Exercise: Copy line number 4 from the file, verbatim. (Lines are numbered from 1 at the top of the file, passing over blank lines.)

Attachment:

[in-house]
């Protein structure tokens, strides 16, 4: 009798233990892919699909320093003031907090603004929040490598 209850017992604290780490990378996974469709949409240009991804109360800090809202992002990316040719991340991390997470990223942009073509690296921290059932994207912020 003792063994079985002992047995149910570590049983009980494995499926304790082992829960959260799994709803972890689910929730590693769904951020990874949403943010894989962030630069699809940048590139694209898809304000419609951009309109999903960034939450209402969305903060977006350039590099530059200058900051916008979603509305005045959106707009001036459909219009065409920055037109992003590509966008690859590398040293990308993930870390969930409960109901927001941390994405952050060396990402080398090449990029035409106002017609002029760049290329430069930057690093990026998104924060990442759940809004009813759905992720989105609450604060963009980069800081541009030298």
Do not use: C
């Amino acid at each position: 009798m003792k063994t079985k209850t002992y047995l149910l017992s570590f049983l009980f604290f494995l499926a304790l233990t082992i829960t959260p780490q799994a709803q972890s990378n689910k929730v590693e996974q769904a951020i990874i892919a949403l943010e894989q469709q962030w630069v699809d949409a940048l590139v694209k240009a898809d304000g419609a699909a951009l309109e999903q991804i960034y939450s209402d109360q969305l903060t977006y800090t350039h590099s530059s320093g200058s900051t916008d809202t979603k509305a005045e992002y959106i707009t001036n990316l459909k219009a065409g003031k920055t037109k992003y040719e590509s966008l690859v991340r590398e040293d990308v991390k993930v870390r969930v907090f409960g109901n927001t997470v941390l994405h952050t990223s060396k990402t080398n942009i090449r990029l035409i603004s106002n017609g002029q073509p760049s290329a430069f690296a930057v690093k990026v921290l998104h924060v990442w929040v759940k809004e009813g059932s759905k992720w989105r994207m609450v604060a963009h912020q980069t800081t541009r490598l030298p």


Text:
């Amino acid at each position: 009798m003792k063994t079985k209850t002992y047995l149910l017992s570590f049983l009980f604290f494995l499926a304790l233990t082992i829960t959260p780490q799994a709803q972890s990378n689910k929730v590693e996974q769904a951020i990874i892919a949403l943010e894989q469709q962030w630069v699809d949409a940048l590139v694209k240009a898809d304000g419609a699909a951009l309109e999903q991804i960034y939450s209402d109360q969305l903060t977006y800090t350039h590099s530059s320093g200058s900051t916008d809202t979603k509305a005045e992002y959106i707009t001036n990316l459909k219009a065409g003031k920055t037109k992003y040719e590509s966008l690859v991340r590398e040293d990308v991390k993930v870390r969930v907090f409960g109901n927001t997470v941390l994405h952050t990223s060396k990402t080398n942009i090449r990029l035409i603004s106002n017609g002029q073509p760049s290329a430069f690296a930057v690093k990026v921290l998104h924060v990442w929040v759940k809004e009813g059932s759905k992720w989105r994207m609450v604060a963009h912020q980069t800081t541009r490598l030298p």